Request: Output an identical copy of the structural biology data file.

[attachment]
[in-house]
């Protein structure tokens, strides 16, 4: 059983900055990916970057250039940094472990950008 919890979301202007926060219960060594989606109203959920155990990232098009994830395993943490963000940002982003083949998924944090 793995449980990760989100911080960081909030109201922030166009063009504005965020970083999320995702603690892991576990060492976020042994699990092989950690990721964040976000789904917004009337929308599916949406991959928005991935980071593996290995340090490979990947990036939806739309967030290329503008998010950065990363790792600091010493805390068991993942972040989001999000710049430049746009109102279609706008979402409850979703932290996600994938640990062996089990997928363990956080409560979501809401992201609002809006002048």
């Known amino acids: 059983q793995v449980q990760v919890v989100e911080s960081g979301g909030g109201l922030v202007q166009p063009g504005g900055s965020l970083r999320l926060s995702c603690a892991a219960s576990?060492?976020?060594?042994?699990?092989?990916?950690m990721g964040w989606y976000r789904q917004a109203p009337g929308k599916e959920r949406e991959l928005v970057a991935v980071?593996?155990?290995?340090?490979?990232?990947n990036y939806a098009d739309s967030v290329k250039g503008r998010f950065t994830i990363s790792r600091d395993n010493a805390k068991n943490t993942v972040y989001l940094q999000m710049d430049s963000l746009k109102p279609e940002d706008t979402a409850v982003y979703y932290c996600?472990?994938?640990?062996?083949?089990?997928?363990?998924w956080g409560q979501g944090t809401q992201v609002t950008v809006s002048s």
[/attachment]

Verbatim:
[in-house]
């Protein structure tokens, strides 16, 4: 059983900055990916970057250039940094472990950008 919890979301202007926060219960060594989606109203959920155990990232098009994830395993943490963000940002982003083949998924944090 793995449980990760989100911080960081909030109201922030166009063009504005965020970083999320995702603690892991576990060492976020042994699990092989950690990721964040976000789904917004009337929308599916949406991959928005991935980071593996290995340090490979990947990036939806739309967030290329503008998010950065990363790792600091010493805390068991993942972040989001999000710049430049746009109102279609706008979402409850979703932290996600994938640990062996089990997928363990956080409560979501809401992201609002809006002048």
């Known amino acids: 059983q793995v449980q990760v919890v989100e911080s960081g979301g909030g109201l922030v202007q166009p063009g504005g900055s965020l970083r999320l926060s995702c603690a892991a219960s576990?060492?976020?060594?042994?699990?092989?990916?950690m990721g964040w989606y976000r789904q917004a109203p009337g929308k599916e959920r949406e991959l928005v970057a991935v980071?593996?155990?290995?340090?490979?990232?990947n990036y939806a098009d739309s967030v290329k250039g503008r998010f950065t994830i990363s790792r600091d395993n010493a805390k068991n943490t993942v972040y989001l940094q999000m710049d430049s963000l746009k109102p279609e940002d706008t979402a409850v982003y979703y932290c996600?472990?994938?640990?062996?083949?089990?997928?363990?998924w956080g409560q979501g944090t809401q992201v609002t950008v809006s002048s």